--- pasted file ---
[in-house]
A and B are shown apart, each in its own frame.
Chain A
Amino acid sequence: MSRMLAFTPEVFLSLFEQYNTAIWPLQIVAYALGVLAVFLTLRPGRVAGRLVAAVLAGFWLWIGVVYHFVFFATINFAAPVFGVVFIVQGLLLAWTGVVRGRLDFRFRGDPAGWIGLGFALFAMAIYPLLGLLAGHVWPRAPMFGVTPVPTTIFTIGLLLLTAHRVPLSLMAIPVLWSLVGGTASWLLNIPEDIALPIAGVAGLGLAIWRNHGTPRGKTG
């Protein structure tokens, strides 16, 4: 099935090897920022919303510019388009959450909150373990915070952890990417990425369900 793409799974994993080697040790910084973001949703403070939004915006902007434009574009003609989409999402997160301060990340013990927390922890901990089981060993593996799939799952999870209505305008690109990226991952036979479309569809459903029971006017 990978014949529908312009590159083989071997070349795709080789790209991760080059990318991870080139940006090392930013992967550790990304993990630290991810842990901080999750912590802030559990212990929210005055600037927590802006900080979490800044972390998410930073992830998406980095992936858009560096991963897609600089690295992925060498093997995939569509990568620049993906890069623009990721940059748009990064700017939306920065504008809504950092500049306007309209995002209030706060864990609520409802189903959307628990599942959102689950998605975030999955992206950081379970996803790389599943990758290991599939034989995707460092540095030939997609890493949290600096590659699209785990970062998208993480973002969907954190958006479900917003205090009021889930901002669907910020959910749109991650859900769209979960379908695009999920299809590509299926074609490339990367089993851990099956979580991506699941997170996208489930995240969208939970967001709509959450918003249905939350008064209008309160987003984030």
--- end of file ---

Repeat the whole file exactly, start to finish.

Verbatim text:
[in-house]
A and B are shown apart, each in its own frame.
Chain A
Amino acid sequence: MSRMLAFTPEVFLSLFEQYNTAIWPLQIVAYALGVLAVFLTLRPGRVAGRLVAAVLAGFWLWIGVVYHFVFFATINFAAPVFGVVFIVQGLLLAWTGVVRGRLDFRFRGDPAGWIGLGFALFAMAIYPLLGLLAGHVWPRAPMFGVTPVPTTIFTIGLLLLTAHRVPLSLMAIPVLWSLVGGTASWLLNIPEDIALPIAGVAGLGLAIWRNHGTPRGKTG
């Protein structure tokens, strides 16, 4: 099935090897920022919303510019388009959450909150373990915070952890990417990425369900 793409799974994993080697040790910084973001949703403070939004915006902007434009574009003609989409999402997160301060990340013990927390922890901990089981060993593996799939799952999870209505305008690109990226991952036979479309569809459903029971006017 990978014949529908312009590159083989071997070349795709080789790209991760080059990318991870080139940006090392930013992967550790990304993990630290991810842990901080999750912590802030559990212990929210005055600037927590802006900080979490800044972390998410930073992830998406980095992936858009560096991963897609600089690295992925060498093997995939569509990568620049993906890069623009990721940059748009990064700017939306920065504008809504950092500049306007309209995002209030706060864990609520409802189903959307628990599942959102689950998605975030999955992206950081379970996803790389599943990758290991599939034989995707460092540095030939997609890493949290600096590659699209785990970062998208993480973002969907954190958006479900917003205090009021889930901002669907910020959910749109991650859900769209979960379908695009999920299809590509299926074609490339990367089993851990099956979580991506699941997170996208489930995240969208939970967001709509959450918003249905939350008064209008309160987003984030």